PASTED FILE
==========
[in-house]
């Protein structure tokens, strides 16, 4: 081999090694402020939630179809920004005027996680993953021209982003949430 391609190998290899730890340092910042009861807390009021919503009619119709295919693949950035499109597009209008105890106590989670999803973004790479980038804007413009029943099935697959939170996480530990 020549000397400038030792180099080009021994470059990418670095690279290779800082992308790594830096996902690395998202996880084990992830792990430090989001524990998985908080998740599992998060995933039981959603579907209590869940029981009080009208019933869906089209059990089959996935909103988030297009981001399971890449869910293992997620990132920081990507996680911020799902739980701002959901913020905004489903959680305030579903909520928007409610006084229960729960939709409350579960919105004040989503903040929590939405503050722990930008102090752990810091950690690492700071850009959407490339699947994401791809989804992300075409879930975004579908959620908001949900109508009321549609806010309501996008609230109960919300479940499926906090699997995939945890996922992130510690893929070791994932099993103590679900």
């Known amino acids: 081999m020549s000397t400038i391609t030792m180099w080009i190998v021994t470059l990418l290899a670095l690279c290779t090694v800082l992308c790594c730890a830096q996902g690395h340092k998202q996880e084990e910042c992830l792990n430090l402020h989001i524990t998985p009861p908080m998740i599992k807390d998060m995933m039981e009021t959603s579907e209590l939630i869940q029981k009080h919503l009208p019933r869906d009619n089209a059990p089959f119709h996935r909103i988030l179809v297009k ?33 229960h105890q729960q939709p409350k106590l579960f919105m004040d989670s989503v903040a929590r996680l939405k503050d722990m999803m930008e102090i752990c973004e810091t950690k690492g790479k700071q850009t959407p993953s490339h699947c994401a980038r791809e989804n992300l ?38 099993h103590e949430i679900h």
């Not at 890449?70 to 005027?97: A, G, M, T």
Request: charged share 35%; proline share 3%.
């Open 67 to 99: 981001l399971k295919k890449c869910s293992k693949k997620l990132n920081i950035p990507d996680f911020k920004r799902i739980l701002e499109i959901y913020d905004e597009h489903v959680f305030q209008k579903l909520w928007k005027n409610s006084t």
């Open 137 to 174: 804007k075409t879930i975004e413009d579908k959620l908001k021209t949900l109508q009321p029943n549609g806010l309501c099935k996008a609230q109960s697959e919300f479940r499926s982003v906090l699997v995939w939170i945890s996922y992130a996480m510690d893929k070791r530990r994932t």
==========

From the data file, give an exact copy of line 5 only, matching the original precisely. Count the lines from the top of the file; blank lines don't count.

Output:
Request: charged share 35%; proline share 3%.